Newsmaps located on inner spreads of newspapers were typically simple and monochrome, unlike the colorful images that occupied the front-pages. This particular map, from the October 6, 1918 edition of the Oakland Tribune, depicts the geographic positions of the war's various fronts. The gains of the previous week are marked with stripes, and "previous gains" are colored black. The delineations of the Western front and the Italian front show significant previous gains, while a massive new gain is shown on the Mesopotamian front to indicate the area of Persia from which the Turks had recently withdrawn. The Eastern front appears static, unsurprising since the newly established Bolshevik government had brokered peace with the Central powers, signing the Treaty of Brest-Litovsk in March of 1918. However, recent gains are indicated on the "Archangel front," where the Allied forces were located during their intervention in the Russian Civil War. Curiously, this map also includes the Manchurian front from the Russo-Japanese War over a decade earlier.
Another significant detail on this map is the route of the Berlin-Baghdad Railway, stretching from Hamburg to Angora and marked with a thick black line intersected by short hashes. Upon reaching Angora, the projected route to Baghdad is shown as a narrow dotted line since the railroad was still 300 miles short of completion in 1918. Some scholars have argued that the Berlin-Baghdad Railway was one of many causes of the war because it gave the Germans their own shortcut to the east and undermined the leverage of the British-controlled Suez canal.
17. Map Showing Stage of the European War
Oakland Tribune, 1918
This map is one section of a large five-section map of the Western Front produced and distributed by the New York Times in early 1918. The most prominent line on the map shows the location of the battle line at the end of 1917, and the other prominent line, thinner and solid, shows how close the Germans came to Paris earlier in the war. The many fortifications around Paris are marked with stars.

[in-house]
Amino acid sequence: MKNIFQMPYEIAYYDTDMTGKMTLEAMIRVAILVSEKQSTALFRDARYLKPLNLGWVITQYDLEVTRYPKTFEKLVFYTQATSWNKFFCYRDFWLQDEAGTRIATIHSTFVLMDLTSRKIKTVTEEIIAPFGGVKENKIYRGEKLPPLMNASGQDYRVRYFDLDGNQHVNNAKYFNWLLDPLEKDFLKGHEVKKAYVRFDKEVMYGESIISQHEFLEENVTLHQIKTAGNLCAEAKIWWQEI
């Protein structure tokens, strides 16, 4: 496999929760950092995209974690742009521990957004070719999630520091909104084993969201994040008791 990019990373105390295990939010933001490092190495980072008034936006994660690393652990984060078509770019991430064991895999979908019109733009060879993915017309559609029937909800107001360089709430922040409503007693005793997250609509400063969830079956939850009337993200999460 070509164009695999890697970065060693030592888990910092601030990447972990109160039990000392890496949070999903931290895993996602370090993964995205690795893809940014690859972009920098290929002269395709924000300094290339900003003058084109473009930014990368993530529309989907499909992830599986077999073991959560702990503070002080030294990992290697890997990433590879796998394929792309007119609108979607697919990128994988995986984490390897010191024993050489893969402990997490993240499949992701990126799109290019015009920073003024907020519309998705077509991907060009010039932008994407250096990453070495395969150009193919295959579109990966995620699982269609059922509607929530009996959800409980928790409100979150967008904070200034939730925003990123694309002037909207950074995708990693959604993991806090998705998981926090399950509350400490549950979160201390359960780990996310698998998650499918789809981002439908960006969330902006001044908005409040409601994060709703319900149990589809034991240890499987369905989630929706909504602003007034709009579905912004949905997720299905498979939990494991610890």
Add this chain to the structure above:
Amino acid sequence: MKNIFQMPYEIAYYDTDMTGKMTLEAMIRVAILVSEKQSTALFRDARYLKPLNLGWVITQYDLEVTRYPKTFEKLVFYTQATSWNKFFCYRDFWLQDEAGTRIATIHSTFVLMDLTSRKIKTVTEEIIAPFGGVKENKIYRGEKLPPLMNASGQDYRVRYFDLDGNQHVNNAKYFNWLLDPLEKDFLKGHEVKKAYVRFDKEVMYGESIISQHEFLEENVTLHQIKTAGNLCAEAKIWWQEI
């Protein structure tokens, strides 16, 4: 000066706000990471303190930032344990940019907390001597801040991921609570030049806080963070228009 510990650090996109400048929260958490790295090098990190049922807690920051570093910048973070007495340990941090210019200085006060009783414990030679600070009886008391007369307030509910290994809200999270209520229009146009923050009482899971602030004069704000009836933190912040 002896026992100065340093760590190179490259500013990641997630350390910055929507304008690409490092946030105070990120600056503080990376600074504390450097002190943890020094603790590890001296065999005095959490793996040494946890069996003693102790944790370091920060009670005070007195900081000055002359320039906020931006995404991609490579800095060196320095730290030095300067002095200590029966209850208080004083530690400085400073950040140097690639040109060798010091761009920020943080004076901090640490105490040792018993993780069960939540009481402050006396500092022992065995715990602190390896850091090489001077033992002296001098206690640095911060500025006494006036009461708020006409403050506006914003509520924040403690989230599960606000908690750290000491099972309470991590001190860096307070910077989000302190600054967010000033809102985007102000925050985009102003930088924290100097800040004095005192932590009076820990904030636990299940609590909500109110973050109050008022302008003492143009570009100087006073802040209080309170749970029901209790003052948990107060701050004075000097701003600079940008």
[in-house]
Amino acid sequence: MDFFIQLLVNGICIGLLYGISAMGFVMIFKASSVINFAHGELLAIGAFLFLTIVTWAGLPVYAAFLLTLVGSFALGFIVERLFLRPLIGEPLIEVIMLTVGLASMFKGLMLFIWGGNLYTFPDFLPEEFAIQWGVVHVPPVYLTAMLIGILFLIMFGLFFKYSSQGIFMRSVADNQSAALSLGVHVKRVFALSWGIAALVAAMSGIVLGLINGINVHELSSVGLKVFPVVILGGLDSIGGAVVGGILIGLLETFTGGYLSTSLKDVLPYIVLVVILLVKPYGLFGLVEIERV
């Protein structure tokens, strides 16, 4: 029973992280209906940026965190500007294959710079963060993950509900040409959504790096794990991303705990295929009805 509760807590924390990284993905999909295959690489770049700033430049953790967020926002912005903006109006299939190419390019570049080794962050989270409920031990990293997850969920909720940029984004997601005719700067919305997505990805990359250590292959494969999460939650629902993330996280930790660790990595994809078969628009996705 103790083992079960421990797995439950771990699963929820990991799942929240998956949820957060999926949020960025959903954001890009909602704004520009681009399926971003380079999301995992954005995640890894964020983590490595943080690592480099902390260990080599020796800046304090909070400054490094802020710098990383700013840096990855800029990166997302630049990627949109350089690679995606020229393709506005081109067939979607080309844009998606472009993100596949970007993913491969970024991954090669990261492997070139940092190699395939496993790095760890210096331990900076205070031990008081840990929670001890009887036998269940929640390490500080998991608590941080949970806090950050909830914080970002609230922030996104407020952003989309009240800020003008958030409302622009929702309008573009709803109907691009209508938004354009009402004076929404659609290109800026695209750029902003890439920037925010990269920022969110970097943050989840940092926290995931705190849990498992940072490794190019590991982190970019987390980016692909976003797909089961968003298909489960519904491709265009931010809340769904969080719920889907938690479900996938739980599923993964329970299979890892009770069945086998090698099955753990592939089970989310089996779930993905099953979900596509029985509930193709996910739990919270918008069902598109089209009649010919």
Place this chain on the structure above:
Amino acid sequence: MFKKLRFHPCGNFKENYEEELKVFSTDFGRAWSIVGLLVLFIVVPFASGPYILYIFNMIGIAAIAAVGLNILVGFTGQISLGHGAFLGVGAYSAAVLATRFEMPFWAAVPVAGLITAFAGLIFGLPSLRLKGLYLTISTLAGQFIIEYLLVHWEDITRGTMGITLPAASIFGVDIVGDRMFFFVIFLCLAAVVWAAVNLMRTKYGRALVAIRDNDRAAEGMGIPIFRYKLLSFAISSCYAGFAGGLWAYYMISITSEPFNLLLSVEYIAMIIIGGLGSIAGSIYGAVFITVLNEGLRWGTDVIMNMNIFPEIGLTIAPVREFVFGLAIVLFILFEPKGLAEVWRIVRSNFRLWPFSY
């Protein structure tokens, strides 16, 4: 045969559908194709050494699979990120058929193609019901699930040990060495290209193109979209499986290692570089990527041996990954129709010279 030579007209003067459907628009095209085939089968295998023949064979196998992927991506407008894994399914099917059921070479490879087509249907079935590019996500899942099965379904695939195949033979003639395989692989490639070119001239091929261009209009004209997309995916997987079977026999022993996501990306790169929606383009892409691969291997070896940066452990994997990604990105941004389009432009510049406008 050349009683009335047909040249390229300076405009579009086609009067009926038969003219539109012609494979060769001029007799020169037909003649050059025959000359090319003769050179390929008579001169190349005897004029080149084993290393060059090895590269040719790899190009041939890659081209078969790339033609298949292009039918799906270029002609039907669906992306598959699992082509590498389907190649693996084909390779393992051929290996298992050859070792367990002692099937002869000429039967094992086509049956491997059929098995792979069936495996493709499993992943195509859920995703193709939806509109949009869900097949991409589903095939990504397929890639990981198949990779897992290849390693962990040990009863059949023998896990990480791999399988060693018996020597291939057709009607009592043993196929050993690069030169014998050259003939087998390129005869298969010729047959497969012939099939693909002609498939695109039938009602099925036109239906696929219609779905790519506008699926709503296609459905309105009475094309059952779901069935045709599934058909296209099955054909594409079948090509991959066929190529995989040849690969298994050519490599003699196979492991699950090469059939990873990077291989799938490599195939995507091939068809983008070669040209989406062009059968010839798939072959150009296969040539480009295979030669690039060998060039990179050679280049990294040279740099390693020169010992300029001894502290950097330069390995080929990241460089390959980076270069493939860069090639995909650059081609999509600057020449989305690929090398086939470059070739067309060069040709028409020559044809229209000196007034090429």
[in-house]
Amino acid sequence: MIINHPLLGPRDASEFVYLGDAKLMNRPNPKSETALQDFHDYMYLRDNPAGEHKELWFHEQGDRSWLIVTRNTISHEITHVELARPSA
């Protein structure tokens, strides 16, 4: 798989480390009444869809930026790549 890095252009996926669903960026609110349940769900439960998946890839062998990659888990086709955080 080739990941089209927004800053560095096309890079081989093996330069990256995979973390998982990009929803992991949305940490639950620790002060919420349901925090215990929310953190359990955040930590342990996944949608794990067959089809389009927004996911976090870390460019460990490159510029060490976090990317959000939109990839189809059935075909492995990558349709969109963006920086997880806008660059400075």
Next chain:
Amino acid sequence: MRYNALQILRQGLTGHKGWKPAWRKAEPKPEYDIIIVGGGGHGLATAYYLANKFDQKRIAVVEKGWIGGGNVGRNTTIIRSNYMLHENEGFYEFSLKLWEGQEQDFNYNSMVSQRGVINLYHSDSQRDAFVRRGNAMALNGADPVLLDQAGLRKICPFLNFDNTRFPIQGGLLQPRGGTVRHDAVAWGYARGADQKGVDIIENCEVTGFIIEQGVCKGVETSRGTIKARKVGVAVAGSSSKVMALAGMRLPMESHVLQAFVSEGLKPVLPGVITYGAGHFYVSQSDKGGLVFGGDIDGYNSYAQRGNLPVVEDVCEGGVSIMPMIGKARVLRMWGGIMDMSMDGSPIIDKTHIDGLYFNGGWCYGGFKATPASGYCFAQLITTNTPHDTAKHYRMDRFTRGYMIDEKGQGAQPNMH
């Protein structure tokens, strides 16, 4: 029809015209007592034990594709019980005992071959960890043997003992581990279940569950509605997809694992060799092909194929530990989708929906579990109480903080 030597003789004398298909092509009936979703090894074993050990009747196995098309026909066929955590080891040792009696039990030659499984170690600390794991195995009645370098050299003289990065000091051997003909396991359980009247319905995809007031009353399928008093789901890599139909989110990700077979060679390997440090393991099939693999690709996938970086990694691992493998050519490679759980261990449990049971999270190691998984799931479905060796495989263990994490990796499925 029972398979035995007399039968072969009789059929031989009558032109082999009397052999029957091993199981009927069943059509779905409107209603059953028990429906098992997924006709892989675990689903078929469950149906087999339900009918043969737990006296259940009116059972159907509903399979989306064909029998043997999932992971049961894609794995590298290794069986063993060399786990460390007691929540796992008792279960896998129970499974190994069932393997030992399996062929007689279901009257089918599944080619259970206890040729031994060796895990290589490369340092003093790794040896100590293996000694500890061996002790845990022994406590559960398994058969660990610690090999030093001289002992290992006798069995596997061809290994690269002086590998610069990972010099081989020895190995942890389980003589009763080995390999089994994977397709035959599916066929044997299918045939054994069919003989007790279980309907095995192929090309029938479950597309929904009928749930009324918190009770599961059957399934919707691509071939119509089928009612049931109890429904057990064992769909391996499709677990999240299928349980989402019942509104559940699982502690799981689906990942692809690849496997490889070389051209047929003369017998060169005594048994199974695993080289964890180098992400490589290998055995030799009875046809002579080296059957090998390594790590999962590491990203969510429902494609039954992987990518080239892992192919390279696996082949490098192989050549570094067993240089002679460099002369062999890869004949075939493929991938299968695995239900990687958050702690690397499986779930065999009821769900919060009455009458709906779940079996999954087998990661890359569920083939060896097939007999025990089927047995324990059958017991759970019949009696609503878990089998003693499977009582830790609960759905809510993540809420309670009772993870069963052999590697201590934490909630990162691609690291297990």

The owner of this particular copy annotated it in red and blue as the war progressed, but did not label their annotations. A blue line runs along the Marne River, and a red line stretches between the December 31st battle line and the "Furthest Advance of the German Army" line, possibly marking the location of the front lines during the Noyon-Montdidier Offensive in June of 1918. Additional annotations appear in the form of blue Xs in the top right of the map, near the December 31 line. These marks may indicate the locations of camps or supply depots. For instance, one of the Xs is placed at Verneuil, where the Motor Transport Corps reconstruction park and main supply depot was located.
18. The New York Times War Map: The Western Front in France and Belgium
New York Times, 1917
Sold throughout the United States in 1915, War Map of the Battle Ground of Liberty shows the battle lines in France and Belgium at the time of its publication. Like the New York Times map (#17), it includes the line of the German's furthest advance, which occurred in 1914. Instead of being distributed by a newspaper, this map was produced by the Rand McNally map company to be sold on its own for a reasonable twenty-five cents. Individually sold maps of war zones and events were common during World War I and could be found at a variety of locations; stores recognized that offering maps of the war front gave them a patriotic appearance.
19. Rand McNally War Map of the Battle Ground of Liberty
Rand McNally and Company, 1915
Like the previous item (#19), this "War Map" was produced by a cartography company to be sold individually at various locations throughout the United States. Printed in 1918 by C.S. Hammond & Co., it delineates the battle line of the Italian front on September 6 with a dashed red line, which marks the furthest eastern advance of the Italian army with a solid red line. Initially, Germany and Austria-Hungary had anticipated the assistance of Italy, the third member of their Triple Alliance. Italy, however, claimed that the Alliance was intended for defense, and Austria-Hungary's instigation of the war removed any obligation for assistance. Less than a year into the war, the Allies secured Italy's support with the Treaty of London.